11 October 2019 | Story Eugene Seegers | Photo Eugene Seegers
Tutu-Jonker Prestige lecture
Ingrid Mostert and Nathlene van Wyk, both from the Office of the Dean of the Faculty of Theology and Religion, with guest speaker, Prof Nico Koopman (SU), and the Dean of Theology and Religion, Prof Rantoa Letšosa.

The “rich Christian logic of Luther tells us this: ‘Forgiveness is the first word.’ It invites, facilitates, anticipates, and comes to fruition in contrition.” With these words, Prof Nico Koopman, Vice-Rector: Social Impact, Transformation, and Personnel at Stellenbosch University (SU) sought to reach the hearts of those who attended the UFS Faculty of Theology and Religion’s annual Tutu-Jonker Prestige Lecture on 19 September 2019. 

Prof Koopman’s chosen theme was No Future without Justice: The Forgiveness-Logic of Desmond Tutu and Willie Jonker, which focused on these ‘prophets of forgiveness’ as well as the praise and critique they received as a result of their actions.

On Forgiveness

Delving into the history of the relationship between these two prominent theologians, Prof Koopman first revisited the emotional scene when, in 1990, Prof Willie Jonker pleaded for forgiveness on behalf of the Dutch Reformed Church and the Afrikaner nation at an ecumenical conference in Rustenburg, describing it as personal, yet representative. This confession spoke of justice versus injustice, saying that injustice is a stumbling block to reconciliation. Later, Prof Jonker would be criticised for making this confession ‘on behalf of’ the church and white Afrikaans-speaking South Africans, yet even some of his former critics and others defended his actions. Jonker also maintained that a confession of guilt, of sin or wrongdoing, was necessary to enable reconciliation and forgiveness; action was needed to overcome these stumbling blocks. According to Prof Koopman, Prof Jonker’s logic of reconciliation follows that of the apostle Paul, in which justice is essential to the at-one-ment or atonement, reconciliation.

Next, Prof Koopman reviewed Archbishop Tutu’s unequivocal, representative, and vicarious forgiveness, for which he, too, was criticised. Prof Koopman equated this forgiveness with Lutherian tradition, as mentioned at the outset. This belief is grounded in the scriptural principle found in the Lord’s Prayer in Matthew 6:12: To forgive others, just as we have been forgiven. Prof Koopman said this amounted to passing on and sharing our forgiveness as received from God to those who have sinned against us in some way.  

Drawing from the Christian parable of the Prodigal Son in Luke 15:11-32, Prof Koopman said the road is paved for real restitution, forgiveness is available. In the parable, the father of the prodigal son ran to him and greeted him even before he could make his confession: “In the space of the hospitality of forgiveness, justice flourishes,” said Prof Koopman. “Tutu granted forgiveness with justice in mind.”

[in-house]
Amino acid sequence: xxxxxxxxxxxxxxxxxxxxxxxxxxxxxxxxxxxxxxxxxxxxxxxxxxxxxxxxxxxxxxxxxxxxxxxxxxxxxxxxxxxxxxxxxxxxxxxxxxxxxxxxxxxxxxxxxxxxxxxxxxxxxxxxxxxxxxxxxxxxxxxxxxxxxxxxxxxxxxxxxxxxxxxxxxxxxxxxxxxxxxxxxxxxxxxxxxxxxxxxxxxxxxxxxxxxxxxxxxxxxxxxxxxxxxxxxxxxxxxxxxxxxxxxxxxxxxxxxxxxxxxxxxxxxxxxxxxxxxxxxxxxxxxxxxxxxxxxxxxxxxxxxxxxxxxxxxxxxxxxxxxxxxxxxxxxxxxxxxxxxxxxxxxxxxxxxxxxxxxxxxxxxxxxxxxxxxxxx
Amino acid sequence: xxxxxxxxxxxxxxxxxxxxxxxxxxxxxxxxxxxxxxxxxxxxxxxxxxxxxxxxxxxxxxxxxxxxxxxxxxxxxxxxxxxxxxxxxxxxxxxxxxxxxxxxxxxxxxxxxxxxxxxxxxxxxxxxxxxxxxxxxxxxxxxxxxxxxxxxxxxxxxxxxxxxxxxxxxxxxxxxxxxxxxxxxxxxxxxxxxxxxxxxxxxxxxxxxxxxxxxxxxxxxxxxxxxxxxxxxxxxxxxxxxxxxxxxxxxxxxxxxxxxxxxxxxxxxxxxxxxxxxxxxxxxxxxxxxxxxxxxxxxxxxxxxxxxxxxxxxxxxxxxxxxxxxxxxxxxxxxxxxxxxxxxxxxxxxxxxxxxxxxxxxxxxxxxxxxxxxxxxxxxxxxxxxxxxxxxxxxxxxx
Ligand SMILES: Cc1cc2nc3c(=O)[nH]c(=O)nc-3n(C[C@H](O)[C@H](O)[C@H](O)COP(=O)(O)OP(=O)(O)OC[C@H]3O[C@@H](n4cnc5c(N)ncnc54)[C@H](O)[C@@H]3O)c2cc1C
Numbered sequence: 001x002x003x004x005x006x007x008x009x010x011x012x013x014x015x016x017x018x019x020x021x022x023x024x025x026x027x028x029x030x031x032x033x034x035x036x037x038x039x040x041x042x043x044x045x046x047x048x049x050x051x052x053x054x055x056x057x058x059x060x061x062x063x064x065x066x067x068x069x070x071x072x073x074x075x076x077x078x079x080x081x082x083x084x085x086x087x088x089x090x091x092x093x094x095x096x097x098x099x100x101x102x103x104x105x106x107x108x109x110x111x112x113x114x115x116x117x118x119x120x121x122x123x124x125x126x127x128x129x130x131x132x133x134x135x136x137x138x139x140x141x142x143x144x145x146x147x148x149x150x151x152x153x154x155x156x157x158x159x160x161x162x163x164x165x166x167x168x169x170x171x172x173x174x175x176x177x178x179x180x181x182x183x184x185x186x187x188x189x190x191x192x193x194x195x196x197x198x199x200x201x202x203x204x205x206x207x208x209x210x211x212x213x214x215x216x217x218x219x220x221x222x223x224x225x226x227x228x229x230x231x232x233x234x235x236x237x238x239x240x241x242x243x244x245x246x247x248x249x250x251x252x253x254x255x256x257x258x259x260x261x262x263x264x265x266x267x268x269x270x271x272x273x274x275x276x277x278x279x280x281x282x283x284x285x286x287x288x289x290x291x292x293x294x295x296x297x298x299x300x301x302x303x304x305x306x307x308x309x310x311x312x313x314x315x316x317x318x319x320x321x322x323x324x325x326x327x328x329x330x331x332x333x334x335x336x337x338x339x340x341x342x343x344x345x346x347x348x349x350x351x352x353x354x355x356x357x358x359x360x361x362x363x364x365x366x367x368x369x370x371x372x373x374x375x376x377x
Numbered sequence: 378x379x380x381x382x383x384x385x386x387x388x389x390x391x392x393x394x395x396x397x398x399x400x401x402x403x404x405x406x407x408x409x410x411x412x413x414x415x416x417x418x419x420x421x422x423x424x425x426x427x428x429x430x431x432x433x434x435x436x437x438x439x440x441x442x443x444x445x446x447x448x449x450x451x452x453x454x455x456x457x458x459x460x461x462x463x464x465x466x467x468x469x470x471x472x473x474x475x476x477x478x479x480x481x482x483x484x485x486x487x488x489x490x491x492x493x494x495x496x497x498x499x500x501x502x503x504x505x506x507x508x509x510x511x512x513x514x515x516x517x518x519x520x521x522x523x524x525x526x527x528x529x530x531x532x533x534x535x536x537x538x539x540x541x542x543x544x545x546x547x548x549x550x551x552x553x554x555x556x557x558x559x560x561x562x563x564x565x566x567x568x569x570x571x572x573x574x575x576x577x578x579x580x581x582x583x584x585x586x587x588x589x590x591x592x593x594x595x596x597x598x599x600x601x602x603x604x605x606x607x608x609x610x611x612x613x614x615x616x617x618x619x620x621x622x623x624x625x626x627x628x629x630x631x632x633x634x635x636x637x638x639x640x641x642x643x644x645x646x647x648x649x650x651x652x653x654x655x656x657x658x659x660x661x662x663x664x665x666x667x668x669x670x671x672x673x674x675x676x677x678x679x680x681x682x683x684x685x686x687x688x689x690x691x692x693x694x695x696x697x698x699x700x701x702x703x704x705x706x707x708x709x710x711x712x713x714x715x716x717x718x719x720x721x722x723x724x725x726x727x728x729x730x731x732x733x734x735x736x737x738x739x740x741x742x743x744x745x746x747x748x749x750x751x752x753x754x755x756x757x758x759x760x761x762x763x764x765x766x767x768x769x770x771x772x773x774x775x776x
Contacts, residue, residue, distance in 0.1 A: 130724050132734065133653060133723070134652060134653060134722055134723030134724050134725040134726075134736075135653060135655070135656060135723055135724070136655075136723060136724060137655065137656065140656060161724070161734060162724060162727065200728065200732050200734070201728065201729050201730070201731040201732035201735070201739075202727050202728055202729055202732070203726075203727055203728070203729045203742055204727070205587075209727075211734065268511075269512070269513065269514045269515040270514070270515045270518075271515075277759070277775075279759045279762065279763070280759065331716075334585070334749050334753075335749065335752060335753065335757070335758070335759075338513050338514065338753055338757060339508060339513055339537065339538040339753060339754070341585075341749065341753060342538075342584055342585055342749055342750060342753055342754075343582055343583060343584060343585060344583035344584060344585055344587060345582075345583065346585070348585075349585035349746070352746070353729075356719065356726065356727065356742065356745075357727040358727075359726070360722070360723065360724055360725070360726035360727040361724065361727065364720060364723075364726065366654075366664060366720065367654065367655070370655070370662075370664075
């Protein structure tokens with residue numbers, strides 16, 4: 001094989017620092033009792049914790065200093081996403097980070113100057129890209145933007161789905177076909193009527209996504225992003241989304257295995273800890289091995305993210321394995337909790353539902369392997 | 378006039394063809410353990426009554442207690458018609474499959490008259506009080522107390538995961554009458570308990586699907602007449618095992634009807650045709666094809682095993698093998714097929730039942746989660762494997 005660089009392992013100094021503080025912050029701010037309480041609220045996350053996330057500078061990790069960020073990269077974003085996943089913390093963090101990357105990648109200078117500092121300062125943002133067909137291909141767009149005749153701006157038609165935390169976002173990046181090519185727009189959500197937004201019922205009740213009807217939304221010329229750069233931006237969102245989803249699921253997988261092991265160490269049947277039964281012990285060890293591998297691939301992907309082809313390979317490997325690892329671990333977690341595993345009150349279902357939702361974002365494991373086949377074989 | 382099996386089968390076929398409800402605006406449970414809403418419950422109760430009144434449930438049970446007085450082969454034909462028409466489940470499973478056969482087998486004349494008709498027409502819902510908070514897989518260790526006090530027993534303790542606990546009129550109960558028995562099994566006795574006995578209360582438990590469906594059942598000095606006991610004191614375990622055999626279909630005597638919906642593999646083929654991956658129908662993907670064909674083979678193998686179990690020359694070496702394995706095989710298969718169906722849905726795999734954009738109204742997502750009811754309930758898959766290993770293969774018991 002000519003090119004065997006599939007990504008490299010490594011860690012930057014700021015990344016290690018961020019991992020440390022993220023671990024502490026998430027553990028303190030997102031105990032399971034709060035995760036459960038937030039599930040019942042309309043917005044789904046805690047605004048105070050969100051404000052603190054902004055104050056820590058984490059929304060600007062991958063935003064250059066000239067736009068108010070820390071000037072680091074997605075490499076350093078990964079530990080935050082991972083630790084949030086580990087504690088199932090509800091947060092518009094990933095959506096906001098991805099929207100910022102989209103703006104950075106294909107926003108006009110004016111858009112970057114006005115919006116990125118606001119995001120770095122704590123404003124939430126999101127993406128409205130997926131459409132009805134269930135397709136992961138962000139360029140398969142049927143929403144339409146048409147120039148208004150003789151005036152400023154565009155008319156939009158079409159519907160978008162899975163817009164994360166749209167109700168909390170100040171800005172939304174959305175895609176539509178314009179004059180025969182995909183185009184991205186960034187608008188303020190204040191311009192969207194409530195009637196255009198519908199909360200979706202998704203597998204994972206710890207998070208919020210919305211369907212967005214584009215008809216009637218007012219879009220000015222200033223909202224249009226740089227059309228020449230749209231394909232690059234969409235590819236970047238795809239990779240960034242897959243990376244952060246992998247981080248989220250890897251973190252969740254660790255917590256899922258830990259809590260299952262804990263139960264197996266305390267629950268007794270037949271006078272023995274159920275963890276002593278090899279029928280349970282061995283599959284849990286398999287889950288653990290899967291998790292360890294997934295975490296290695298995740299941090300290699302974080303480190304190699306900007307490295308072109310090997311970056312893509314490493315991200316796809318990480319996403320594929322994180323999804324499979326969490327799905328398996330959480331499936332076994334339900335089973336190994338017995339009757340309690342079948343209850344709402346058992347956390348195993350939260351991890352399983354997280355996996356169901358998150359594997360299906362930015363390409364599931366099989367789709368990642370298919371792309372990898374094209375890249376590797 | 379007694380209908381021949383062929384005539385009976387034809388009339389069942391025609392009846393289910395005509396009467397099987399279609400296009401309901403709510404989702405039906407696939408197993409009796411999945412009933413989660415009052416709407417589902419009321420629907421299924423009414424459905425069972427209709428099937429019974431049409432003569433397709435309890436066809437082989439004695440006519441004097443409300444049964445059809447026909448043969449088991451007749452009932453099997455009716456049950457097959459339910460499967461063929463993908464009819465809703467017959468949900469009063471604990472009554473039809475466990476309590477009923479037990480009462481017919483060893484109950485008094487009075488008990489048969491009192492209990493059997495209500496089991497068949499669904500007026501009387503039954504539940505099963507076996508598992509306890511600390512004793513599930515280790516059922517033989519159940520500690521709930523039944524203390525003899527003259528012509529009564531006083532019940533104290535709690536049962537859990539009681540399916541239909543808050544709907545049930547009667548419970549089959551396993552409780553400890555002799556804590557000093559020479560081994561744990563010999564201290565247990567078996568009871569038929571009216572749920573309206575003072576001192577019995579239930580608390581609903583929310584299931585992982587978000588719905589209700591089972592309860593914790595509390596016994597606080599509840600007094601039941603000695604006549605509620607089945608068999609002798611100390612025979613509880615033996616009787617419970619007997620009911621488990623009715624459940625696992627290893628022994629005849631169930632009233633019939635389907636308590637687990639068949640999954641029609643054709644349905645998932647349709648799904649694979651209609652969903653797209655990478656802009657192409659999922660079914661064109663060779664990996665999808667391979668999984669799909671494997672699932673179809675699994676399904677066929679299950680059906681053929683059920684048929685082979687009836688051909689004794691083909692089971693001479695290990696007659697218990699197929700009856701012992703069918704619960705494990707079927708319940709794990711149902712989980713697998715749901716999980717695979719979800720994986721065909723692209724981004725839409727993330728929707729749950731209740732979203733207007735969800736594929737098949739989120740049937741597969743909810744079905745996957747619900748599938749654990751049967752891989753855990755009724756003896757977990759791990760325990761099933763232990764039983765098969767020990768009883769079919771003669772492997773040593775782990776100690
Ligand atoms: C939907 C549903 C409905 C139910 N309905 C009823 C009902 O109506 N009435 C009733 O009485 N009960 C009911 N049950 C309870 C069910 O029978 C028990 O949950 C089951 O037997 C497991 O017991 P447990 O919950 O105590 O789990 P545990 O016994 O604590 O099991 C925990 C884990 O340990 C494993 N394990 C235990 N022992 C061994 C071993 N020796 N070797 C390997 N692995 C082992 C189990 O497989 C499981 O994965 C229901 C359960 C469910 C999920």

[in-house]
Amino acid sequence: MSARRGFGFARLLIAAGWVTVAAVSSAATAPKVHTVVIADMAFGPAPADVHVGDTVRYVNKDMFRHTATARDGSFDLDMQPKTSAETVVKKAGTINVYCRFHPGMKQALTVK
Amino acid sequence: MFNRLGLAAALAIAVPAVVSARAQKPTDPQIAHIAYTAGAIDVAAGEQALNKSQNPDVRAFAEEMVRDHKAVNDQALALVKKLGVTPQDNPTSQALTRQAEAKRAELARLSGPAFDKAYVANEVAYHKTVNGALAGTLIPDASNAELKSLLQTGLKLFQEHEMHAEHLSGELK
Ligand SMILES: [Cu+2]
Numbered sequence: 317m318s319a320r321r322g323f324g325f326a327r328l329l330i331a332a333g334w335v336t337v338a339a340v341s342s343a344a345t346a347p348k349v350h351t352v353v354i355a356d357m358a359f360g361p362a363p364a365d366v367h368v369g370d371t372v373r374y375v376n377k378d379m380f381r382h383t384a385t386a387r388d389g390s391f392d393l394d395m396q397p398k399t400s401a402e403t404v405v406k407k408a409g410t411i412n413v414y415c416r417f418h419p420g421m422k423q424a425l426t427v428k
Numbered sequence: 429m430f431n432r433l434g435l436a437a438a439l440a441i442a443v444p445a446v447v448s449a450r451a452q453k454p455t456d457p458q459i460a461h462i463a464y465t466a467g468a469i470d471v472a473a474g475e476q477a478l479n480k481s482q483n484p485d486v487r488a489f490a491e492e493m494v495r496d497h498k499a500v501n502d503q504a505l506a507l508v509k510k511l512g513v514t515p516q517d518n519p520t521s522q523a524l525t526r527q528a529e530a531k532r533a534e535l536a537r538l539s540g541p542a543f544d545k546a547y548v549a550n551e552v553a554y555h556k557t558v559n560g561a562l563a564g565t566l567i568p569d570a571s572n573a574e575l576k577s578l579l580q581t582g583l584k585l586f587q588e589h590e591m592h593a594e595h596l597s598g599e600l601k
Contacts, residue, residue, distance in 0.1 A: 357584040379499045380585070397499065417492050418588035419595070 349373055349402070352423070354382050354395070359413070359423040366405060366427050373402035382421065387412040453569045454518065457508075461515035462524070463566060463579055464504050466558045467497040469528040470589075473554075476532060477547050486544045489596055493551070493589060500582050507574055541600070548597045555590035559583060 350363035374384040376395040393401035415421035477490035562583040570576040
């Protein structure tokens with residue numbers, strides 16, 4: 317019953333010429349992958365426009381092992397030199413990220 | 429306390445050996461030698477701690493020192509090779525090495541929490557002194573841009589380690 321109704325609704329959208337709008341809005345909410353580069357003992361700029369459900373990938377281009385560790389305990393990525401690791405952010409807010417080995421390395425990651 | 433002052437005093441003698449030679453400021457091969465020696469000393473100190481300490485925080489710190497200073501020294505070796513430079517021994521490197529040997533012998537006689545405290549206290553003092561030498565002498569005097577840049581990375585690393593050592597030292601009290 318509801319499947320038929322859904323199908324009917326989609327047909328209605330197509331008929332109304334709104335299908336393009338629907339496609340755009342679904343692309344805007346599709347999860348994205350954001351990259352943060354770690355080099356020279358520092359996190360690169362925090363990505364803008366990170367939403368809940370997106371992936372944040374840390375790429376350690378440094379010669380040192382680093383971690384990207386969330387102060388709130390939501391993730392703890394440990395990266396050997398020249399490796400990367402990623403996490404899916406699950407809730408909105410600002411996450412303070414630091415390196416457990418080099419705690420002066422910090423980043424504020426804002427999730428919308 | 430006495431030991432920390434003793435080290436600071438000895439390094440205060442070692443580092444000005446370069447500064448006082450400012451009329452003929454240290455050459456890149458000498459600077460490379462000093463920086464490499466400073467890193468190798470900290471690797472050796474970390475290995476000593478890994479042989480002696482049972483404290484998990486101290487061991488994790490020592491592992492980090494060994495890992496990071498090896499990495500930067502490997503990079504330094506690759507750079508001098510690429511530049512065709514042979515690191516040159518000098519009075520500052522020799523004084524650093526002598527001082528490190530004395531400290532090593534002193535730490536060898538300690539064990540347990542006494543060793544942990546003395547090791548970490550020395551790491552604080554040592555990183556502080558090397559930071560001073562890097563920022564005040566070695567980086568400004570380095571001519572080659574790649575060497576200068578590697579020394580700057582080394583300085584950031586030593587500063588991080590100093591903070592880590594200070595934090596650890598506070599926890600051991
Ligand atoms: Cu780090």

On Justice

Justice is known as Summum Bonum, or ‘Highest Good’. Archbishop Emeritus Tutu’s message is still: ‘Seek justice’. According to Romans 14:17 and Isaiah 65:17-25, future blessings in God’s kingdom, such as peace and joy, flow from justice.

Referring to the South African Constitution, Prof Koopman said dignity is a foundational value. Recalling the 2015 #FeesMustFall protests, he said this highlighted how essential it is for dignity to be linked with justice in practice.

 Concretely seeking justice

Prof Koopman mentioned several areas in which one could ‘seek justice’ now, everywhere, and concretely ‘next door’, saying: “Human rights need right humans.”

“Firstly, break rape culture as a quest for justice NOW!” Prof Koopman described rape as oppression, cruelty, barbarism, ‘thingification,’ and dehumanisation; a violation of the most precious, cherished gift — a fellow human being.
Second, he said, is to oppose racism and racial determinism, especially in the field of research. Third, seeking socioeconomic liberation and fulfilling socioeconomic rights, such as access to healthcare, housing, and education.

Lastly, seeking wise hospitality and association with other races, nationalities, and cultures. Following the Tutu-Jonker Logic involves advancing justice as embracing, not alienating. 

 Porcupine Journey (‘Ystervarkpad’)

In conclusion, Prof Koopman related how porcupines need to huddle close together to conserve their body heat during cold winter nights. However, every time they get close to another porcupine, their quills prick each other, causing them to pull away. Yet, their survival depends on their overcoming those small injuries in order to benefit from each other’s body heat. 

He compared this to the situation in South Africa: There are old and new sores that require continuous confessing and offering of forgiveness. He concluded: “Embracing justice means drawing closer together to survive and thrive. Don’t seek to be right all the time; what is most important is to be forgiven. This makes our joint quests for justice sustainable.”

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